To account for the availability of existing hydroelectric, geothermal and biomass generation, we reduced the hourly demand required to be met by the wind, solar and storage resources in the model by the average hourly hydro and geothermal output since 2000, and average hourly biomass over the most recent full year, 2017.

Possible Biases in the Data

Using a single location and year to estimate the volatility of renewable generation, and a single year to estimate the volatility of system load, may introduce distortions in our analysis.

In particular, measuring solar and wind generation at a single location will tend to underestimate the stability of the state-wide supply of renewable energy, thus causing the model to overestimate the scale of solar and wind resources required to meet demand during every hour of the year. That said, using a single location and year to estimate the amount of hourly solar generation should have only a limited impact on the results of our analysis, as solar insolation does not vary much in California from year to year, nor is there high regional variation across the state during any given hour. By contrast, windspeeds can vary significantly from year to year and are very location specific. Relying on windspeed data from just the Tehachapi Pass, therefore, likely underestimates the stability of the California’s total wind output from hour to hour and therefore overestimates the resources required to meet demand. However, because weather fronts, which drive the general presence or absence of wind at any time, cover large areas, we believe the impact is limited.

Importantly, other assumptions used in our analysis will tend to understate the resources required to meet demand during each hour of the year, thus introducing a contrary bias. Our use of a long term average for hydroelectric generation means that we have not accounted for the full impact of drought conditions, which would require additional resources to offset. Critically, also, our use of a single year of demand data tends to underestimate the volatility of demand, again causing our model to underestimate the need for generation and storage resources.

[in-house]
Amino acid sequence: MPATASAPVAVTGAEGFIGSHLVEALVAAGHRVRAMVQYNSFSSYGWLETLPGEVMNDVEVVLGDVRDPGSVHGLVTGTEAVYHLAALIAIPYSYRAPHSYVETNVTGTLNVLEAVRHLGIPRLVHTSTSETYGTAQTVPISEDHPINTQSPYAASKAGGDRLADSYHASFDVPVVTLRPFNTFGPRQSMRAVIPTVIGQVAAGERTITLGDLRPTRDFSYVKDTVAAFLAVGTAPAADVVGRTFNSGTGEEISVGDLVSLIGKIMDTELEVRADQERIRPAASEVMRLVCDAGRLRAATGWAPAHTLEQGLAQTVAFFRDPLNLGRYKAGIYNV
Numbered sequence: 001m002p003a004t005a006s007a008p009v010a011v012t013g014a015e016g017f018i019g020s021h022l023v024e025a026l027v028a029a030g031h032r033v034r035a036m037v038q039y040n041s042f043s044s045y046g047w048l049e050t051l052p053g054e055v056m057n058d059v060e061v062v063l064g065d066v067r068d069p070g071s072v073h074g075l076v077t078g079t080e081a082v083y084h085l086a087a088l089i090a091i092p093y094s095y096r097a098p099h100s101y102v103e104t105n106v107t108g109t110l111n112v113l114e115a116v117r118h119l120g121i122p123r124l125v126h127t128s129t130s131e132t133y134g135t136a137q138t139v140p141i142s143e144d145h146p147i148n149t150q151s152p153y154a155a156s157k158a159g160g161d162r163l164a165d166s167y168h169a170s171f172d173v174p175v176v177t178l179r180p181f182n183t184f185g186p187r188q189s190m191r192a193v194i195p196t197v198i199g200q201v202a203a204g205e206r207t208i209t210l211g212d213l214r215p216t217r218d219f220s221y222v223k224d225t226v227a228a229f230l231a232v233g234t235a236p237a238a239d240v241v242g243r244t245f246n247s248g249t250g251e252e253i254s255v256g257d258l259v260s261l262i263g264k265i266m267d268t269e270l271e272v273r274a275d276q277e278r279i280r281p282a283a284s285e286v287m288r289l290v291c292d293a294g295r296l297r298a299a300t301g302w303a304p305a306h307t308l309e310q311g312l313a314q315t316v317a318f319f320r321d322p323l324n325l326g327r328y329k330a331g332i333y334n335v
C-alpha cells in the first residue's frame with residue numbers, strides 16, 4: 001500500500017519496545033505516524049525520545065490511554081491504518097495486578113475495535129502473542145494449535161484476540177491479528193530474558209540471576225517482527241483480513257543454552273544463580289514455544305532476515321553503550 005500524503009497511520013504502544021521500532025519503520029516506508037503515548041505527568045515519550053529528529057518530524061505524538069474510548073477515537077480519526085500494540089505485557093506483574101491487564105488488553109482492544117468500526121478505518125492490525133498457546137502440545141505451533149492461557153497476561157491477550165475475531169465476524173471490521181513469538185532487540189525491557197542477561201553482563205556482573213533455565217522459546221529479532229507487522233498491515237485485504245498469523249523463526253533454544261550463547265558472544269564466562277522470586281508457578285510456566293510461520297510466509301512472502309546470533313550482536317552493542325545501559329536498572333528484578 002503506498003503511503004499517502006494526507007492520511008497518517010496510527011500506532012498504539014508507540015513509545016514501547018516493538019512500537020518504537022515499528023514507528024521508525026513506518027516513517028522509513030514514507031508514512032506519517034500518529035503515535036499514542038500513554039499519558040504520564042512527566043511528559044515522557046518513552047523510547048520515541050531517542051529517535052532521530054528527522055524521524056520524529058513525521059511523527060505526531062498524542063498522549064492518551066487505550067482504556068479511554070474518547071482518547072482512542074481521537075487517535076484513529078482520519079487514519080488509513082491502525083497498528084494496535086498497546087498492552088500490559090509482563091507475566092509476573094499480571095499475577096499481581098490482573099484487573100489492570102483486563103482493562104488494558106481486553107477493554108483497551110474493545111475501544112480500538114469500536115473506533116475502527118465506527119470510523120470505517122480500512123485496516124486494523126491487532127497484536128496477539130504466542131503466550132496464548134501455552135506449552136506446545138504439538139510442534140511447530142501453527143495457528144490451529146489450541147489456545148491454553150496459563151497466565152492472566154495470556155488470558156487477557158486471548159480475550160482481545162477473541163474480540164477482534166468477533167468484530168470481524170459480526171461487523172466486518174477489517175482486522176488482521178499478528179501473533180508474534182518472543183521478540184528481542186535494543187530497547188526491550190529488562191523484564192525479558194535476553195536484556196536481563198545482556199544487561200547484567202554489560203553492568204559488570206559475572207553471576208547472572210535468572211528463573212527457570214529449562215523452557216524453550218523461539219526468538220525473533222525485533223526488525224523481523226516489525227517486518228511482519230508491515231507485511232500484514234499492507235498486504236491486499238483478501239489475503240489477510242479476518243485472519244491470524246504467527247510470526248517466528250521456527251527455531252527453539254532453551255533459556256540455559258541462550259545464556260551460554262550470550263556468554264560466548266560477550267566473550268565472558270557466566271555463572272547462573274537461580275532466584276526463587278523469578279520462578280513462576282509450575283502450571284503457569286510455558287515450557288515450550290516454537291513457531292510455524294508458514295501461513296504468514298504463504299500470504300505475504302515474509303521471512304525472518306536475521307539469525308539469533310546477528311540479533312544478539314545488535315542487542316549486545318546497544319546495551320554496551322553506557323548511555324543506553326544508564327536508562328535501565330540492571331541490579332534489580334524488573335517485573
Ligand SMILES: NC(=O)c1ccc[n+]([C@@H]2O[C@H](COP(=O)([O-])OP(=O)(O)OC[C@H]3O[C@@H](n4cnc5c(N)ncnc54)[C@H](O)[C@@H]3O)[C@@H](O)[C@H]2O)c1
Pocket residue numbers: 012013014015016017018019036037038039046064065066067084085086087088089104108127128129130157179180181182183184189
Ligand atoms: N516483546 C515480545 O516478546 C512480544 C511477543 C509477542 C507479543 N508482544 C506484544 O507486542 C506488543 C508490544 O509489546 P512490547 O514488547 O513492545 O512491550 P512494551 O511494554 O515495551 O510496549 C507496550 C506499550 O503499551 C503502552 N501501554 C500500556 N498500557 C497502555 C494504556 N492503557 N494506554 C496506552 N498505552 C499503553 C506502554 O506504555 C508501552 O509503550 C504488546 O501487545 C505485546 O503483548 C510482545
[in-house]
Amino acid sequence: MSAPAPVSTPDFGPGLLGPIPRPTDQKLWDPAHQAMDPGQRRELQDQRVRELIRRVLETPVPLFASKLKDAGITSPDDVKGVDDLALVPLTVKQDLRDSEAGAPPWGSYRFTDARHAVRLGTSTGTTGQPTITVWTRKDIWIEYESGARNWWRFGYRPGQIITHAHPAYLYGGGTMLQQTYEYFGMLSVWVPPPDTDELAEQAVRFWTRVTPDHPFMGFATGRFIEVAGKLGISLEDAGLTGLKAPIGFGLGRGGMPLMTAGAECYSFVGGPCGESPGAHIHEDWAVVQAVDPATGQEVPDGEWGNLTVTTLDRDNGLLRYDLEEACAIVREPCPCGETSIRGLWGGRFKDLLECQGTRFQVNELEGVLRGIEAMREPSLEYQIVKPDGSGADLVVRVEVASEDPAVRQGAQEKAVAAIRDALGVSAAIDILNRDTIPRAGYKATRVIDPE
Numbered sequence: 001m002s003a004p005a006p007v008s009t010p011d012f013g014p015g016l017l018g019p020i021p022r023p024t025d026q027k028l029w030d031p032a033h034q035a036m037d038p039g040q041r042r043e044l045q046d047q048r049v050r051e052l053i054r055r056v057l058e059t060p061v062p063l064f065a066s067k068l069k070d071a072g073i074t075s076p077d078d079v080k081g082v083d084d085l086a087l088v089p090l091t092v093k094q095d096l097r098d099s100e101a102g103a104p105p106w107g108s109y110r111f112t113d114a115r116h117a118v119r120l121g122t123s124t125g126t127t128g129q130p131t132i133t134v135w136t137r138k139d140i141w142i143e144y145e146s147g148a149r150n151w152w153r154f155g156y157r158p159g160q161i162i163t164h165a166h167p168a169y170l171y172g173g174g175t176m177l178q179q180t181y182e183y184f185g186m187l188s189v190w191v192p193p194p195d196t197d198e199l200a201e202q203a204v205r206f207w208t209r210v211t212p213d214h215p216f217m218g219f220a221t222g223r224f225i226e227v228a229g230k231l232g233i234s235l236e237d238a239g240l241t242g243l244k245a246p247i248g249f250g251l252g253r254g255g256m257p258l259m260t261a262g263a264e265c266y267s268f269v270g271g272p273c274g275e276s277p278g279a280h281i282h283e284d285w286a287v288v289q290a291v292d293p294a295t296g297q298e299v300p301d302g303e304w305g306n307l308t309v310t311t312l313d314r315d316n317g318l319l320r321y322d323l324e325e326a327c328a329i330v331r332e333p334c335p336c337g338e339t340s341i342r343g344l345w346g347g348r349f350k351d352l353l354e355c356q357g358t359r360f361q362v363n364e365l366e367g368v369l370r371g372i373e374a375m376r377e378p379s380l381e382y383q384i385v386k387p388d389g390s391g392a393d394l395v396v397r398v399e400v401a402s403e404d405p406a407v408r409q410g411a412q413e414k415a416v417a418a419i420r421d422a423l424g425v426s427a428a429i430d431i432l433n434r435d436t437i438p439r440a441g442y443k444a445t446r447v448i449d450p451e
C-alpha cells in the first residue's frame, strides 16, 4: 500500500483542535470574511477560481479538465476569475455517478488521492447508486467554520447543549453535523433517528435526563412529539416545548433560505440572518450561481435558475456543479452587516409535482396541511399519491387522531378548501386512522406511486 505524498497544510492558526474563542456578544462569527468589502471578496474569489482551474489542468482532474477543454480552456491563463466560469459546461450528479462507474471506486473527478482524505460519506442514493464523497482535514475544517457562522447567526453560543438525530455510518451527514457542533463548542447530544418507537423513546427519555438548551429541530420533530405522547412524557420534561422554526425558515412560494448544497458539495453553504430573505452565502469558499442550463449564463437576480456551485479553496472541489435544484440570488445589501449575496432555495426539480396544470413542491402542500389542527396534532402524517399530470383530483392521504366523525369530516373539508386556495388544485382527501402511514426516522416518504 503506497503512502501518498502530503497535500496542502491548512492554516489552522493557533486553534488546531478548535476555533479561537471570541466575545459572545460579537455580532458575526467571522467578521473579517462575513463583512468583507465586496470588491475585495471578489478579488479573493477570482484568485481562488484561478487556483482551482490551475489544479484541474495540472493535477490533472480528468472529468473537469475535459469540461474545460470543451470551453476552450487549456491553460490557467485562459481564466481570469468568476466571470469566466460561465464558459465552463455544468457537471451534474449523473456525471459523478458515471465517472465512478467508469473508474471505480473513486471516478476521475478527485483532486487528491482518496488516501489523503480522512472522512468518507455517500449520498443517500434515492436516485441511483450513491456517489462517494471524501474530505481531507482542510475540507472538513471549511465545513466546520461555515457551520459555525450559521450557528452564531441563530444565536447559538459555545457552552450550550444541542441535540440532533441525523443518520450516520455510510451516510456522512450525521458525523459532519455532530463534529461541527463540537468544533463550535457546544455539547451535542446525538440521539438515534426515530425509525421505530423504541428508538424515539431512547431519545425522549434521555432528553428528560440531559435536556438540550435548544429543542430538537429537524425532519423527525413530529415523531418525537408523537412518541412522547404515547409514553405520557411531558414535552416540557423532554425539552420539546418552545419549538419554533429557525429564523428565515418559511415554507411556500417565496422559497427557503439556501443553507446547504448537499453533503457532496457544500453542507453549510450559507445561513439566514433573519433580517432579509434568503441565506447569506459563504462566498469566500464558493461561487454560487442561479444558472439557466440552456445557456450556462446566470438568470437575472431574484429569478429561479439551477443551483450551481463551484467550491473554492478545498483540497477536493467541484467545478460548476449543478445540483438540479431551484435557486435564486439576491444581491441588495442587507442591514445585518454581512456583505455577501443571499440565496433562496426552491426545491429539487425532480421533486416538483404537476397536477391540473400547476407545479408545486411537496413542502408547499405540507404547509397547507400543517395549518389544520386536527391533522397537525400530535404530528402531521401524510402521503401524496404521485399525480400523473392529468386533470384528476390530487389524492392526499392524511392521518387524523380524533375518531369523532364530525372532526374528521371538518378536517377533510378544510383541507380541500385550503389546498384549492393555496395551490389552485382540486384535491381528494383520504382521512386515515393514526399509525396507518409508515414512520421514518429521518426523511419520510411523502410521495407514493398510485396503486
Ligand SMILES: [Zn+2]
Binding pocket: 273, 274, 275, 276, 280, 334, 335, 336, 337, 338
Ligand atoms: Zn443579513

Finally, given the enormous scale and cost of the renewable and storage resources required to meet hourly demand, we are confident that the overall conclusions of our analysis are robust despite the potential biases in the data.

©2019, SSR LLC, 225 High Ridge Road, Stamford, CT 06905. All rights reserved. The information contained in this report has been obtained from sources believed to be reliable, and its accuracy and completeness is not guaranteed. No representation or warranty, express or implied, is made as to the fairness, accuracy, completeness or correctness of the information and opinions contained herein.  The views and other information provided are subject to change without notice.  This report is issued without regard to the specific investment objectives, financial situation or particular needs of any specific recipient and is not construed as a solicitation or an offer to buy or sell any securities or related financial instruments. Past performance is not necessarily a guide to future results.

  1. The levelized cost of energy is expressed in $/MWh and equals (i) the annual cash cost to build and operate a power plant, discounted back to the present, divided by (ii) the annual energy output of the plant over its useful life, also discounted back to the present. The LCOE can be regarded as the minimum fixed price at which a project’s electricity must be sold in order to recover the total cost of the project, including construction cost, operation and maintenance expense, taxes and the target return on invested capital, over the lifetime of the project. 
  2. The full requirements price of electricity is the price sufficient to pay for the resources required to supply 100% of the electricity demand prevailing during each hour of the year. It includes the cost of energy, capacity, transmission and ancillary services.